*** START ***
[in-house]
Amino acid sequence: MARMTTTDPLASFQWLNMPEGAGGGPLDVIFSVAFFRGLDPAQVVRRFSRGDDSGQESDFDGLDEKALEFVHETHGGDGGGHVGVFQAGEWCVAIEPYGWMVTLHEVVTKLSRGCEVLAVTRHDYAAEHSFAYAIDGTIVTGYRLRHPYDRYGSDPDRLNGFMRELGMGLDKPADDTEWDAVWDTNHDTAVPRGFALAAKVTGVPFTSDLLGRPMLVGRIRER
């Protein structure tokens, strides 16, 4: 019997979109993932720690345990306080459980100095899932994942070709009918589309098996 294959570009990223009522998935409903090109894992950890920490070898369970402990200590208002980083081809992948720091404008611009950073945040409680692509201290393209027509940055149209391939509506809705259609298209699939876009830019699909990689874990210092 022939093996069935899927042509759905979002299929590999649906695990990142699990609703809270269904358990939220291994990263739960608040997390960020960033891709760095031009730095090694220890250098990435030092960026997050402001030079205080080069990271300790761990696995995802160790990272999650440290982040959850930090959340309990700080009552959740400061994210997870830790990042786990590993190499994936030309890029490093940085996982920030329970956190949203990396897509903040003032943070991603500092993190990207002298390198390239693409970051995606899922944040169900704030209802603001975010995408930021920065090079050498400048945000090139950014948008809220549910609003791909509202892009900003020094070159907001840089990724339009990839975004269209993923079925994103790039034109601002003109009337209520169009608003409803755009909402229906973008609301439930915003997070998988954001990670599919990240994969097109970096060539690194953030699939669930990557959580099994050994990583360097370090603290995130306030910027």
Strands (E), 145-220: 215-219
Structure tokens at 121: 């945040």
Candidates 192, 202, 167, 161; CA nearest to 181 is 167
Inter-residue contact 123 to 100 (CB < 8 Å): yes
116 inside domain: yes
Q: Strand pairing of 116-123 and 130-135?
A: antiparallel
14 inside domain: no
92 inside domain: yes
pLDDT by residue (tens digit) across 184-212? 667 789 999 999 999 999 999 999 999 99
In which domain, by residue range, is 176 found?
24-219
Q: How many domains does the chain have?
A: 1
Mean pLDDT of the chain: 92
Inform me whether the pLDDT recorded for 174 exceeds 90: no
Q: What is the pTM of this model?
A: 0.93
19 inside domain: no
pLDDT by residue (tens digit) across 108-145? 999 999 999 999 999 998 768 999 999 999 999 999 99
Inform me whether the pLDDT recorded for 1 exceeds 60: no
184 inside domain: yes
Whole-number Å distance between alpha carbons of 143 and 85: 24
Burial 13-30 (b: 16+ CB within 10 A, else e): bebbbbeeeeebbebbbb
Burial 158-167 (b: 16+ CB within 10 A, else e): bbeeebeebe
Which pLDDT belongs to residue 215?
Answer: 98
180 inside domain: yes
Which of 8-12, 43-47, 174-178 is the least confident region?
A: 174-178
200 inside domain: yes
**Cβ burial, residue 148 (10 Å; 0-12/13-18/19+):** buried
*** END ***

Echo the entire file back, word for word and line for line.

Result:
[in-house]
Amino acid sequence: MARMTTTDPLASFQWLNMPEGAGGGPLDVIFSVAFFRGLDPAQVVRRFSRGDDSGQESDFDGLDEKALEFVHETHGGDGGGHVGVFQAGEWCVAIEPYGWMVTLHEVVTKLSRGCEVLAVTRHDYAAEHSFAYAIDGTIVTGYRLRHPYDRYGSDPDRLNGFMRELGMGLDKPADDTEWDAVWDTNHDTAVPRGFALAAKVTGVPFTSDLLGRPMLVGRIRER
């Protein structure tokens, strides 16, 4: 019997979109993932720690345990306080459980100095899932994942070709009918589309098996 294959570009990223009522998935409903090109894992950890920490070898369970402990200590208002980083081809992948720091404008611009950073945040409680692509201290393209027509940055149209391939509506809705259609298209699939876009830019699909990689874990210092 022939093996069935899927042509759905979002299929590999649906695990990142699990609703809270269904358990939220291994990263739960608040997390960020960033891709760095031009730095090694220890250098990435030092960026997050402001030079205080080069990271300790761990696995995802160790990272999650440290982040959850930090959340309990700080009552959740400061994210997870830790990042786990590993190499994936030309890029490093940085996982920030329970956190949203990396897509903040003032943070991603500092993190990207002298390198390239693409970051995606899922944040169900704030209802603001975010995408930021920065090079050498400048945000090139950014948008809220549910609003791909509202892009900003020094070159907001840089990724339009990839975004269209993923079925994103790039034109601002003109009337209520169009608003409803755009909402229906973008609301439930915003997070998988954001990670599919990240994969097109970096060539690194953030699939669930990557959580099994050994990583360097370090603290995130306030910027």
Strands (E), 145-220: 215-219
Structure tokens at 121: 């945040």
Candidates 192, 202, 167, 161; CA nearest to 181 is 167
Inter-residue contact 123 to 100 (CB < 8 Å): yes
116 inside domain: yes
Q: Strand pairing of 116-123 and 130-135?
A: antiparallel
14 inside domain: no
92 inside domain: yes
pLDDT by residue (tens digit) across 184-212? 667 789 999 999 999 999 999 999 999 99
In which domain, by residue range, is 176 found?
24-219
Q: How many domains does the chain have?
A: 1
Mean pLDDT of the chain: 92
Inform me whether the pLDDT recorded for 174 exceeds 90: no
Q: What is the pTM of this model?
A: 0.93
19 inside domain: no
pLDDT by residue (tens digit) across 108-145? 999 999 999 999 999 998 768 999 999 999 999 999 99
Inform me whether the pLDDT recorded for 1 exceeds 60: no
184 inside domain: yes
Whole-number Å distance between alpha carbons of 143 and 85: 24
Burial 13-30 (b: 16+ CB within 10 A, else e): bebbbbeeeeebbebbbb
Burial 158-167 (b: 16+ CB within 10 A, else e): bbeeebeebe
Which pLDDT belongs to residue 215?
Answer: 98
180 inside domain: yes
Which of 8-12, 43-47, 174-178 is the least confident region?
A: 174-178
200 inside domain: yes
**Cβ burial, residue 148 (10 Å; 0-12/13-18/19+):** buried